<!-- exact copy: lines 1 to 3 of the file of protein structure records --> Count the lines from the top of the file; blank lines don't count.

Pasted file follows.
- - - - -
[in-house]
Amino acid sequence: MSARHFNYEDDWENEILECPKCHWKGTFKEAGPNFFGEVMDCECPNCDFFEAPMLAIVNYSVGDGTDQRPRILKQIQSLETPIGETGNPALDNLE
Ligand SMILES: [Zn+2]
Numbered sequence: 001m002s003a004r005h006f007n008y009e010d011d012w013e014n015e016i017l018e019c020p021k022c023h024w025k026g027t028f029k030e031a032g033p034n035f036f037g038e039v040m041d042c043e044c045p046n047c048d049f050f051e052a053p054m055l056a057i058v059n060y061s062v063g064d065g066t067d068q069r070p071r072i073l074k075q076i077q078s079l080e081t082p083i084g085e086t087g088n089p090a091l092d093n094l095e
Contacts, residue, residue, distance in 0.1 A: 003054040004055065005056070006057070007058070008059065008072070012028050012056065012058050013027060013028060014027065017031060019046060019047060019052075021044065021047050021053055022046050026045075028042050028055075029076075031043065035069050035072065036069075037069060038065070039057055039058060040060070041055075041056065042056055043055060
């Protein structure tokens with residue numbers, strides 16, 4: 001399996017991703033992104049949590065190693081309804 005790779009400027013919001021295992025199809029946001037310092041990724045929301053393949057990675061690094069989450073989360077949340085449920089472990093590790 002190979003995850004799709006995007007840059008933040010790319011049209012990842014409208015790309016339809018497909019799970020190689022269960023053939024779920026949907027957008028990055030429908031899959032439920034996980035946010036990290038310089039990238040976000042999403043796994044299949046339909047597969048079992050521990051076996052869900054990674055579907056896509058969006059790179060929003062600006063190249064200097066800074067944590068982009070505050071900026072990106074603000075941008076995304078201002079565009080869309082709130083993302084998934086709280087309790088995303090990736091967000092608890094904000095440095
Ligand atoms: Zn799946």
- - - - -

[in-house]
Amino acid sequence: MSARHFNYEDDWENEILECPKCHWKGTFKEAGPNFFGEVMDCECPNCDFFEAPMLAIVNYSVGDGTDQRPRILKQIQSLETPIGETGNPALDNLE
Ligand SMILES: [Zn+2]